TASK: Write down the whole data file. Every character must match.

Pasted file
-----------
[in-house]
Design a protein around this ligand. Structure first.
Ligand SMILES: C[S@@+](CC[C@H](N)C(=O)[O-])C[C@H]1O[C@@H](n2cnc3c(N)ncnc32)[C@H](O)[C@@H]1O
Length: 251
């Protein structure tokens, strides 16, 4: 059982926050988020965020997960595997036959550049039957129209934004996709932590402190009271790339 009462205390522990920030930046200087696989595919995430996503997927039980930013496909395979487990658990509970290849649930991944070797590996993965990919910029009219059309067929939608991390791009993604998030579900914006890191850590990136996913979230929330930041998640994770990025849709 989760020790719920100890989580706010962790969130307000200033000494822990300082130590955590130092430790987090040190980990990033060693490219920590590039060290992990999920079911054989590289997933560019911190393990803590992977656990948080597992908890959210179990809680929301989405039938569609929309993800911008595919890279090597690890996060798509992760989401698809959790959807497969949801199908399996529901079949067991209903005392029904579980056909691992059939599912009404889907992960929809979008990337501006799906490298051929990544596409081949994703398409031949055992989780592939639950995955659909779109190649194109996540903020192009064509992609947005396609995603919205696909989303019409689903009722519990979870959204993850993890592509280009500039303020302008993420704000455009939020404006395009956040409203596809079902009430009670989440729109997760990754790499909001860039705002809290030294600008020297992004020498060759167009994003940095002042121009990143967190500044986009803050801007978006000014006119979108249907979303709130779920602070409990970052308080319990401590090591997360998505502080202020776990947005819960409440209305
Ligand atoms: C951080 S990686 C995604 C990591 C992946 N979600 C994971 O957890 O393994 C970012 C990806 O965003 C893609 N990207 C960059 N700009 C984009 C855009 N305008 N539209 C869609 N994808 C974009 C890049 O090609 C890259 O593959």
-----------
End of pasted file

[in-house]
Design a protein around this ligand. Structure first.
Ligand SMILES: C[S@@+](CC[C@H](N)C(=O)[O-])C[C@H]1O[C@@H](n2cnc3c(N)ncnc32)[C@H](O)[C@@H]1O
Length: 251
């Protein structure tokens, strides 16, 4: 059982926050988020965020997960595997036959550049039957129209934004996709932590402190009271790339 009462205390522990920030930046200087696989595919995430996503997927039980930013496909395979487990658990509970290849649930991944070797590996993965990919910029009219059309067929939608991390791009993604998030579900914006890191850590990136996913979230929330930041998640994770990025849709 989760020790719920100890989580706010962790969130307000200033000494822990300082130590955590130092430790987090040190980990990033060693490219920590590039060290992990999920079911054989590289997933560019911190393990803590992977656990948080597992908890959210179990809680929301989405039938569609929309993800911008595919890279090597690890996060798509992760989401698809959790959807497969949801199908399996529901079949067991209903005392029904579980056909691992059939599912009404889907992960929809979008990337501006799906490298051929990544596409081949994703398409031949055992989780592939639950995955659909779109190649194109996540903020192009064509992609947005396609995603919205696909989303019409689903009722519990979870959204993850993890592509280009500039303020302008993420704000455009939020404006395009956040409203596809079902009430009670989440729109997760990754790499909001860039705002809290030294600008020297992004020498060759167009994003940095002042121009990143967190500044986009803050801007978006000014006119979108249907979303709130779920602070409990970052308080319990401590090591997360998505502080202020776990947005819960409440209305
Ligand atoms: C951080 S990686 C995604 C990591 C992946 N979600 C994971 O957890 O393994 C970012 C990806 O965003 C893609 N990207 C960059 N700009 C984009 C855009 N305008 N539209 C869609 N994808 C974009 C890049 O090609 C890259 O593959």